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Chicago Copts Tut Demo Draws Major Media

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  • Rev Fr John Brian
    From: susan@copts.com The following article appeared in the Chicago Tribune, one of the leading news dailies in the U.S. DOZENS HOLD PROTEST OUTSIDE TUT
    Message 1 of 1 , Jun 6, 2006
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      From: susan@...

      The following article appeared in the Chicago Tribune, one of the leading
      news dailies in the U.S.

      DOZENS HOLD PROTEST OUTSIDE TUT EXHIBIT
      Coptic Christians take aim at bias in Egypt

      By Margaret Ramirez
      Tribune religion reporter
      Published May 26, 2006


      Under the shadow of immense gold banners heralding the opening of the King
      Tut exhibit, dozens of Coptic Orthodox Church members from across the
      Chicago area gathered Thursday outside the Field Museum to protest religious
      discrimination against fellow Christians in Egypt.

      Some demonstrators hoisted wooden staffs with crosses, while others wore
      crucifixes around their necks or carried American flags as they chanted:
      "We all stand tall, equality for all."

      The crowd of about 80 included members of the three area Coptic Orthodox
      churches: St. Mark in Burr Ridge, St. Mary in Palatine and St. George in
      Monee. With heavy media attention surrounding the Tut exhibit, the Coptic
      community saw an opportunity to raise awareness about the plight of
      Christians in their homeland.

      "We need to be recognized as people and we need to be heard," Atef MacKar
      said. "It is important to show that we are the Copts, we are sons and
      daughters of King Tut and we will not tolerate seeing our sisters and
      brothers persecuted in Egypt."

      MacKar, who lives in Downers Grove and attends St. Mark, said the protest
      was planned to coincide with the visit of an Egyptian delegation for the
      exhibit opening. Protest leaders said their goal was to send a message to
      U.S. politicians that foreign aid to Egypt should be contingent on religious
      freedom and human rights.

      Another protester, Cameel Halim, said the rise of Islamic fundamentalism has
      worsened the situation for Egypt's Coptic community.

      "I get sad when I visit Egypt now," he said. "The Copts have lost their
      pride. Spirit is down. They are isolated from society."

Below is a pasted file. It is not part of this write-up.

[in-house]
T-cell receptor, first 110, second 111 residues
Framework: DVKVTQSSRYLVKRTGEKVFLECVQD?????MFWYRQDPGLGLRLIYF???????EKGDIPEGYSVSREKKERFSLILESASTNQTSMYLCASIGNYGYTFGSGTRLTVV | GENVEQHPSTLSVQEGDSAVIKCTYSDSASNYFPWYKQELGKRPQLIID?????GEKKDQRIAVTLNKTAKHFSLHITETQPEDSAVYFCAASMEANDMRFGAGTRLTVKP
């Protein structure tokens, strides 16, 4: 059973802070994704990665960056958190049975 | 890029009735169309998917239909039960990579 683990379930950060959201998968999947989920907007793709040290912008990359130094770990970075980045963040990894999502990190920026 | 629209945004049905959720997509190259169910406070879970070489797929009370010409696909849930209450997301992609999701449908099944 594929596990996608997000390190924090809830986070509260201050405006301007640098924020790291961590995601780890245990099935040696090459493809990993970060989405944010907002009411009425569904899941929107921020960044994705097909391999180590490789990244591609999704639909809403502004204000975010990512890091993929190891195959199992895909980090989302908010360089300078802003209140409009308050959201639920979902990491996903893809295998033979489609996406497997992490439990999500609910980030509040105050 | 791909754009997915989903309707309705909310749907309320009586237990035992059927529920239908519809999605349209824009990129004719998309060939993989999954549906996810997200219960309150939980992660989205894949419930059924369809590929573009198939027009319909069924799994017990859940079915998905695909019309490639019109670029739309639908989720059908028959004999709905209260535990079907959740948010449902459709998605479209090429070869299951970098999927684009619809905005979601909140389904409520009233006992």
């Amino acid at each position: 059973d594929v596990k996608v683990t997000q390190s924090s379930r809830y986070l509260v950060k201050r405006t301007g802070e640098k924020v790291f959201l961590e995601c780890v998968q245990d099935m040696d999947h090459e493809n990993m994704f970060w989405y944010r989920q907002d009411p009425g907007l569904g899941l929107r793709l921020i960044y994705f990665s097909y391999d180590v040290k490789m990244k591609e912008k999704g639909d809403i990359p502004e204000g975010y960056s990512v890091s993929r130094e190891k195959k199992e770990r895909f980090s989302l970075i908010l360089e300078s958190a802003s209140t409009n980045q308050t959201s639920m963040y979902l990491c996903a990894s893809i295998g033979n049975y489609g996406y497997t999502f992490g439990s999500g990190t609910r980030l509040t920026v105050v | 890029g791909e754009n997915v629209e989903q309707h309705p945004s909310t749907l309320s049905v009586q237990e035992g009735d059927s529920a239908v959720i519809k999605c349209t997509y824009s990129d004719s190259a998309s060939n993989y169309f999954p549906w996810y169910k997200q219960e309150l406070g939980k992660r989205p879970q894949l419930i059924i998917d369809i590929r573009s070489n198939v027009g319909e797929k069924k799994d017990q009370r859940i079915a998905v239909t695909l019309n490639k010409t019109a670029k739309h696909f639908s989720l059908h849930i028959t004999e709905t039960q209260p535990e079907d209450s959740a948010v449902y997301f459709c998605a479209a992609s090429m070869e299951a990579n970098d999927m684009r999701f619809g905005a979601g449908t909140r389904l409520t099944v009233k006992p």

The Coptic Orthodox Church was founded by St. Mark the Evangelist in the
      city of Alexandria around A.D. 43. The Copts make up about 12 percent of
      Egypt's population of 77.5 million.

      Discrimination and human rights abuses against Coptic Christians remain
      widespread in Egypt, according to a report released this month by the U.S.
      Commission on International Religious Freedom. Copts face societal
      intolerance, and Egyptian authorities have been accused of being lax in
      protecting their rights.

      No Christians serve as governors, presidents or deans of public
      universities, and very few Christians hold positions in the upper ranks of
      the security services and the armed forces, Coptic community leaders said.
      A 14th Century law bars Christians not only from building new churches, they
      said, but also from performing necessary maintenance on structures without
      government approval.

      Recent violence in Coptic churches in Egypt has renewed fears of escalating
      religious strife. In April, a Muslim man was accused of knife attacks at
      three Coptic Christian churches in Alexandria that left one man dead and
      about a dozen others wounded. The incident unleashed three days of rioting
      on the same weekend Christians were observing Orthodox Palm Sunday.

      Anissa Essam Hassouna, an official with the Egyptian Council for Foreign
      Affairs and part of the Egyptian delegation visiting Chicago, said Thursday
      that the government has "neglected" the issue of how Copts are treated in
      Egypt but "is trying to do better."

      "This will continue to be a sensitive issue until a law comes out and says
      everyone has real rights," she said.

      Another protester at the Field, Magdy Gergis, said he was unsure what effect
      the protest would have but hoped it would educate the public.

      "At least the problem will be exposed to people," Gergis said. "At least we
      will show our sadness and suffering. Some people here in America have an
      idea of what is happening with the Copts. But since many of us still have
      family there, we live it and feel it every day."

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      maramirez@...

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